How I Met Your Mother went out on top. Monday night’s series finale easily led the night, delivering 12.9 million viewers and a 5.3 rating among adults 18-49.

That marks the show’s highest-rated episode of all time, and jumped 51 percent from last week. HIMYM’s one-hour closer easily topped NBC’s usual Monday winner The Voice, which dipped slightly this week to 12.1 million viewers and a 3.4 rating.

The fact that we have been a TV sitcom that has received this much passion from fans, for 9 years (not just tonight) — thank you. We wrote a comedy with dramatic elements till the very end… We did a finale about life’s twists and turns and that [what you expect] is not always what happens. Seriously – no matter what you thought of tonight, THANK YOU. You were with us. We love you. Thanks for this ride.
Craig Thomas, co-creator of ‘HIMYM' | TV Line

hugderekhaletoday said: I've got to ask: how did you feel about the finale??

Ok here goes. I’m not as mad as I thought I was going to be. Maybe that’s because I had braced myself for this ending for weeks, and though I tried to deny that they would do it, I knew that it was ultimately a very real possibility. 

Am I confused and angry as to why they would spend an entire season focusing on the do or die of a marriage that would eventually fail? Hell yes, I am. Do I feel that so much character growth in Ted and Barney was undone quickly and then restitched together in just this episode? Yup. Do I wish that the stories jammed into this episode had been told over half of this season so we could have gotten some more explanation for these choices? Yes, again. Do I hate the fact that the Mother Tracy died and Ted got his maybe happy ending with Robin? Not entirely.

There’s already a lot of outcry about the show not ringing true to the title, that the nine year quest to answer the show’s big question was just a long way to get him where we all thought he was going in the first place. I felt the same way immediately after tonight’s episode ended. Why was the show called ‘How I Met Your Mother?’ Did it mean nothing? And I think in the end Bays and Thomas just barely got away with having it both ways.

Ted got his happy ending twice. Just because Tracy died doesn’t mean she never existed. To me, the show presented plenty of evidence of happy times between the two of them. Their relationship was not a fraud or inconsequential, it was real and it happened and gave him believable happiness, but life is not a straight road. Tragedy comes even to those who deserve their happy ending. Tracy learned this way before Ted ever did. Rushing it all at the end makes it seem insensitive and yes, is manipulative, but not any less true to life.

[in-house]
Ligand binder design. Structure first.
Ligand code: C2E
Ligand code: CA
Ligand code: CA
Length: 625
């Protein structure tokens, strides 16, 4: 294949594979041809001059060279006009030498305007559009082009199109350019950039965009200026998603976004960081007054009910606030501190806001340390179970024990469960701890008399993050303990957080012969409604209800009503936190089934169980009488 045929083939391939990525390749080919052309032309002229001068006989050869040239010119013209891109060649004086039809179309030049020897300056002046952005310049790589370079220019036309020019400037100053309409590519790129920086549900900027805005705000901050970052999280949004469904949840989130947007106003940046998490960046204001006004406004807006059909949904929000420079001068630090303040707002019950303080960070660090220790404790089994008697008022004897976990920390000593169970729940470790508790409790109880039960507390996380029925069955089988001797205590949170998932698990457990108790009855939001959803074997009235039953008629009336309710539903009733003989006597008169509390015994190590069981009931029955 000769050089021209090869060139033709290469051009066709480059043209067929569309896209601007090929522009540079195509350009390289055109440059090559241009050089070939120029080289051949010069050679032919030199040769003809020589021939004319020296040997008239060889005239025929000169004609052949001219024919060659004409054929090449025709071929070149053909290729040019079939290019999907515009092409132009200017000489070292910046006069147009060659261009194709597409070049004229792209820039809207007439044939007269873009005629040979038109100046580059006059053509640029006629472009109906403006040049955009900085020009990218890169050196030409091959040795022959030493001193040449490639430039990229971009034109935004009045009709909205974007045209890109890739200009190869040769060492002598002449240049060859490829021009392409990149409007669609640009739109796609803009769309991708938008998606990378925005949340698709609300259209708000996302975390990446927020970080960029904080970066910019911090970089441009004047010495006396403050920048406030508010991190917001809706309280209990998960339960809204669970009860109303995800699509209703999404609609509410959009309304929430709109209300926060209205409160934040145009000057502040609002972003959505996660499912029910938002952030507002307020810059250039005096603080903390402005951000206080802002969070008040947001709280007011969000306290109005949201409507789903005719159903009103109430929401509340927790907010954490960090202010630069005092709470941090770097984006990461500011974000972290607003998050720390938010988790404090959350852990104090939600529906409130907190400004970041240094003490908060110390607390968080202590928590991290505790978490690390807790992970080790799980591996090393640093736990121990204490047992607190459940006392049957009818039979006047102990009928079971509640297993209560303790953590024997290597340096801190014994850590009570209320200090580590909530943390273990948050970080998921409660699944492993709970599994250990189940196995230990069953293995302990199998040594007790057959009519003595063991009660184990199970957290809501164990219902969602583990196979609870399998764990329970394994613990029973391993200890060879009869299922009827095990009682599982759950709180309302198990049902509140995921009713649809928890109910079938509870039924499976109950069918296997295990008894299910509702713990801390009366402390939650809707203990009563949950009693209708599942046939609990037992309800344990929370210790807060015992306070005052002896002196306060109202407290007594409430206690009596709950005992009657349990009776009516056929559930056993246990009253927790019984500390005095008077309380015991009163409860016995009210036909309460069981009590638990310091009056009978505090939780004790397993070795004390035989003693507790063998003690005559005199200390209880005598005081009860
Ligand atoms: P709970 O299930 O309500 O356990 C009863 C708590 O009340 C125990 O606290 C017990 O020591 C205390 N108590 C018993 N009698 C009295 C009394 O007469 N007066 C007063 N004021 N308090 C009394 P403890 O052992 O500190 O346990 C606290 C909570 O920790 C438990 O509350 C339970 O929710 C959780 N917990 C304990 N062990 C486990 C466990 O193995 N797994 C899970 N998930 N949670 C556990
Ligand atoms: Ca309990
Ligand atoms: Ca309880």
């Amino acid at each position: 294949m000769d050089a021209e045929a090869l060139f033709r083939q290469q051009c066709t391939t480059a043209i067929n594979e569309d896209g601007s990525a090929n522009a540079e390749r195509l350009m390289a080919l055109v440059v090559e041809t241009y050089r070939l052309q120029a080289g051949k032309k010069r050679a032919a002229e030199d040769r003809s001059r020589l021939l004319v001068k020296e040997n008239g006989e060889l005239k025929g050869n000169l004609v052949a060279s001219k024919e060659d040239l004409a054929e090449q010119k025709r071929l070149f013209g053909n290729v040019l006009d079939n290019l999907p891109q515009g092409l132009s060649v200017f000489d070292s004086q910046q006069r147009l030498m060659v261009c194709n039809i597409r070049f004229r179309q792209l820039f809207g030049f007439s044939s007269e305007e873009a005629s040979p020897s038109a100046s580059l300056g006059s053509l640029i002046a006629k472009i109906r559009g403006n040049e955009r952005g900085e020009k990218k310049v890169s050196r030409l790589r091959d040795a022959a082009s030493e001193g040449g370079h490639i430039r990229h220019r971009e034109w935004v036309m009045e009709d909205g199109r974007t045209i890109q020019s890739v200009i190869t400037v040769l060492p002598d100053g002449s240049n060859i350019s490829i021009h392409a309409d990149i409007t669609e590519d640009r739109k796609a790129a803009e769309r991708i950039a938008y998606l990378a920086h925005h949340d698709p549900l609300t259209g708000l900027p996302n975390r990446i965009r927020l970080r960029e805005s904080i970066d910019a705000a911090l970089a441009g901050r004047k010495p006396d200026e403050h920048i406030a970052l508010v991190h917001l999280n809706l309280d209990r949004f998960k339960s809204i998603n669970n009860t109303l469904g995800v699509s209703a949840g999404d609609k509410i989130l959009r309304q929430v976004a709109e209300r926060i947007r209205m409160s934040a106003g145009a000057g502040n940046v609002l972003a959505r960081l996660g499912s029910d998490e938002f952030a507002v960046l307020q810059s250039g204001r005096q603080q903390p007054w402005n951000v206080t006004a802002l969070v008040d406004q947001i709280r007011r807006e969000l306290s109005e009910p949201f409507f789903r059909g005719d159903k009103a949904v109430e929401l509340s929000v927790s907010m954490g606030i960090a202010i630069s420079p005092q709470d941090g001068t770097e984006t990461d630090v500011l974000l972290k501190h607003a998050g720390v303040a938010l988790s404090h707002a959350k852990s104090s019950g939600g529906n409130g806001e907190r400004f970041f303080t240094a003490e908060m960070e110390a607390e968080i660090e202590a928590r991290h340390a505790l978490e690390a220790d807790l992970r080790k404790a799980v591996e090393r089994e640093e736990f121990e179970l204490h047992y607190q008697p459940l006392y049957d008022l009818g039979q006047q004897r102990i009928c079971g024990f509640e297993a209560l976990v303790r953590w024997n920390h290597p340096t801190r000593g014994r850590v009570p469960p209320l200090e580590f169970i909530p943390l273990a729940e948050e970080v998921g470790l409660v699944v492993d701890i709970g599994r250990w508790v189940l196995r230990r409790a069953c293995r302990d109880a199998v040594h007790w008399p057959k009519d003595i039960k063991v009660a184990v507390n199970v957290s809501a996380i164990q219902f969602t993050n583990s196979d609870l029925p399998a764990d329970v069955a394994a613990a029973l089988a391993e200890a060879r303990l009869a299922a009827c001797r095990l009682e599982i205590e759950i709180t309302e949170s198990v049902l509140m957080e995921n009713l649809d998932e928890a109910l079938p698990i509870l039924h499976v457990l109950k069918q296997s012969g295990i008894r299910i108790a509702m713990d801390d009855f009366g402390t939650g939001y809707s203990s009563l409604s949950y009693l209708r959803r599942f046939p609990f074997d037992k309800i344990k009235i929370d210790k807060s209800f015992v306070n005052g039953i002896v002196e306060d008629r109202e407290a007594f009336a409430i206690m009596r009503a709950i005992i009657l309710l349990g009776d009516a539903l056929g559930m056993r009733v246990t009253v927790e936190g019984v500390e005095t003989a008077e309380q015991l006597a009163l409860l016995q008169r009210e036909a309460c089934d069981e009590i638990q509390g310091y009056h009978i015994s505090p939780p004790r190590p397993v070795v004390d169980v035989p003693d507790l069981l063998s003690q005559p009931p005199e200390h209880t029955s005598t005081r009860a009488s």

The final scene tried hard for its full circle, and I found the imagery itself stirring. It’s also admirable that Bays and Thomas had this ending in mind for 8 years and that they stuck to it regardless. It leaves some messiness on the table, such as what’s Barney going to think of this and why are these characters doomed to repeat old habits? But maybe if we view everything that happens after Ted says “and that’s how I met your mother,” as the epilogue to the series, it would go down better. 

There were several things that could have been done differently tonight to keep everyone happy. But I think this ending is more challenging, true and rightfully tragic than all three couples growing old together and walking into the sunset. Despite all the low points over the years, ‘HIMYM’ built a sitcom that was anything but typical in so many ways. It’s unfortunate that this ending is going taint that in the eyes of a lot of its fans and television history.

We’re wildly excited about the finale and we obviously can’t say anything.
Carter Bays, in response to ‘HIMYM’s dead mother theory | TV LIne


This just got real.

(Source: neilerburtkapathhimymer)


The Star


The Star

Read the final two pages of ‘Breaking Bad' series finale, 'Felina | Uproxx

And here’s my part: I will finally stop talking about it. I’m not doing this because I feel entitled or above it — I’m doing it because I accept that I will not change hearts nor minds. I will not convince you they weren’t dead the whole time, nor resent you for believing they were despite my infinite declarations otherwise.

Let this be our pact. And I’ll just have to trust you on this — I don’t have Badger and Skinny Pete pointing lasers at your chests to keep you honest. And the truth is, there’s no way everyone is going to read, let alone agree with this deal.

But I’m going to keep my part. I’m done. I’m out. Just one last thing before I go …

I stand by the Lost finale. It’s the story that we wanted to tell, and we told it. No excuses. No apologies. I look back on it as fondly as I look back on the process of writing the whole show. And while I’ll always care what you think, I can’t be a slave to it anymore. Here’s why:

I did it for me. I liked it. I was good at it. And I was really … I was alive.
Damon Lindelof on how the ‘Breaking Bad’ finale let him say goodbye to ‘Lost’ (Guest Column) | THR

“Never say never, but… there’s two very clear arcs to get to that end and conclude [the series],” Reilly told reporters when asked about an end date for Gleeat the Television Critics Association summer press tour in Beverly Hills. “If we discover a new crop of kids and there’s some breakout, who knows. But right now, we’re thinking about two seasons.”

NPH and Audra McDonald parody “Empire State of Mind” to (w)rap up the Tonys.

Poster: ‘Breaking Bad' the Final Episodes | TVLine

Poster: ‘Breaking Bad' the Final Episodes | TVLine

'HIMYM' Takes a Big Step Forward — Quick Reaction


Read More